The two most common types of recoup requests are bullsh*t.
1) You bill insurance for an excision and a closure and code it appropriately, by not including a 59 on both lines because the CPT book says you don’t have to. Or, you bill it with a 59 on one. Or you bill it with a 59 on both. Doesn’t matter what you do, you’ll get a denial because of the insurance companies “making mistakes.” You get paid for 1 of 2 codes. You appeal. You appeal again. You win because you’re right. Now, the insurance company recoups code 1…and then repays you for 1 and 2 later. If anyone can figure out why they do this other than to make life more difficult, I’m all ears.
2) You will get refund requests from third parties. Pick these up. Walk to the shredder. Drop them in the shredder. Voila! You’re done. Seriously, these guys are crooks. If they call, tell them the insurance company can call directly if they need something. These third parties have ZERO recourse. That will be the end of it. OR…send them to your amazing billers to take care of.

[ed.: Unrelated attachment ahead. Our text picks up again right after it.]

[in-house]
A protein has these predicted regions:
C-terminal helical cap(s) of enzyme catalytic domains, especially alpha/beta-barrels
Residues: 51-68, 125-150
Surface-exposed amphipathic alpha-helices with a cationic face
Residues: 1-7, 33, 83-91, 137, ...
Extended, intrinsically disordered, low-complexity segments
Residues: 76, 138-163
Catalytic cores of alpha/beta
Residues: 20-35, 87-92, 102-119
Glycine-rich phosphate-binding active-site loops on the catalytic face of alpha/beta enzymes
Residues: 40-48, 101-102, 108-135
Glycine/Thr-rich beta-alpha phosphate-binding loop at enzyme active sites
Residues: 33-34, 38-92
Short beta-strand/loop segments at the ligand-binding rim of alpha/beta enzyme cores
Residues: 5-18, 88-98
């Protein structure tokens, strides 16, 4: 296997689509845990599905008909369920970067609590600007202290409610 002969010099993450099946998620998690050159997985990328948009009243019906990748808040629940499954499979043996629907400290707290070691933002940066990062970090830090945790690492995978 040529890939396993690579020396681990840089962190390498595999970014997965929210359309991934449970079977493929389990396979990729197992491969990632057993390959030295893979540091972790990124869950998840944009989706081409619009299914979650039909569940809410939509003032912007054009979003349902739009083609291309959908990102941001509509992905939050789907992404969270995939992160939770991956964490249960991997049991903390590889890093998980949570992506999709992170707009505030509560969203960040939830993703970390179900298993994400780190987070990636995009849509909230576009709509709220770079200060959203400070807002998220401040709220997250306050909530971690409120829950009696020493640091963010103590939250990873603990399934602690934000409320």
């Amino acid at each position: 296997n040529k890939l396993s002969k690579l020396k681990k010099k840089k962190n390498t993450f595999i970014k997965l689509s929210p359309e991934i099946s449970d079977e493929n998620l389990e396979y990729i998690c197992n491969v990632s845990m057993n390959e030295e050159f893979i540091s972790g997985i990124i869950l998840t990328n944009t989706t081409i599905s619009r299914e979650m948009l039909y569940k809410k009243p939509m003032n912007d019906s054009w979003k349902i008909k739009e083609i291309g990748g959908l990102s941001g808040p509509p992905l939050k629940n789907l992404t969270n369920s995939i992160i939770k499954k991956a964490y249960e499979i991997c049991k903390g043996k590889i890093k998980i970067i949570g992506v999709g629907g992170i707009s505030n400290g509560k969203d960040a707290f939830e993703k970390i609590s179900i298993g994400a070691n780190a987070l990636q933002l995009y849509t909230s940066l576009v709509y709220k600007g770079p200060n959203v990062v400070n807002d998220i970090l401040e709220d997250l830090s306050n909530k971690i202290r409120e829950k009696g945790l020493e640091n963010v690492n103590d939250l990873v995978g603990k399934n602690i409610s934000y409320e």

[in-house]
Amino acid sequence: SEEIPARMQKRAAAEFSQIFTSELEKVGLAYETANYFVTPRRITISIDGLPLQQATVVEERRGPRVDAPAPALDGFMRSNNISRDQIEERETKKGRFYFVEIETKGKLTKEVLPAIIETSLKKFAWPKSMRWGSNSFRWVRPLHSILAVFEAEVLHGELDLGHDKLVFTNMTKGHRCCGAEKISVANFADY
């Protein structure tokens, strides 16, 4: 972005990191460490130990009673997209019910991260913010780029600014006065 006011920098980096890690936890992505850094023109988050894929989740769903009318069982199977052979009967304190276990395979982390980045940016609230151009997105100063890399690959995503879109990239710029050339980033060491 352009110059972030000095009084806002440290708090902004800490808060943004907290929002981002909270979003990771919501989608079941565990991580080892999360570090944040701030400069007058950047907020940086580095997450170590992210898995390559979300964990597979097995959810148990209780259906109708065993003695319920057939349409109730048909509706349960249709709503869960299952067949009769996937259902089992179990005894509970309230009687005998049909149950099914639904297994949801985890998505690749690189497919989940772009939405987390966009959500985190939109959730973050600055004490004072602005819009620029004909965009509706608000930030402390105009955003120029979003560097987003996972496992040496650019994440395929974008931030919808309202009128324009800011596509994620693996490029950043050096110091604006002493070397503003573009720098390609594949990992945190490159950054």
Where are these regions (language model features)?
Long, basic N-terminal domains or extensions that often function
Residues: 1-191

How do you handle a recoupment?
No one wants to deal with a recoupment request, but if you ignore it, the insurance company is getting their cheddar one way or the other via withholding future funds. So how do you deal?
1) Keep a list of recoup requests so you know where the money is coming from when you get the withholding. Those EOBs don’t spell it out for you, they reference the withholding number which you won’t have if you don’t keep a list…then you gotta call and sit on hold and lose some hair/patience/years of your life just to get the info. Save yourself the time.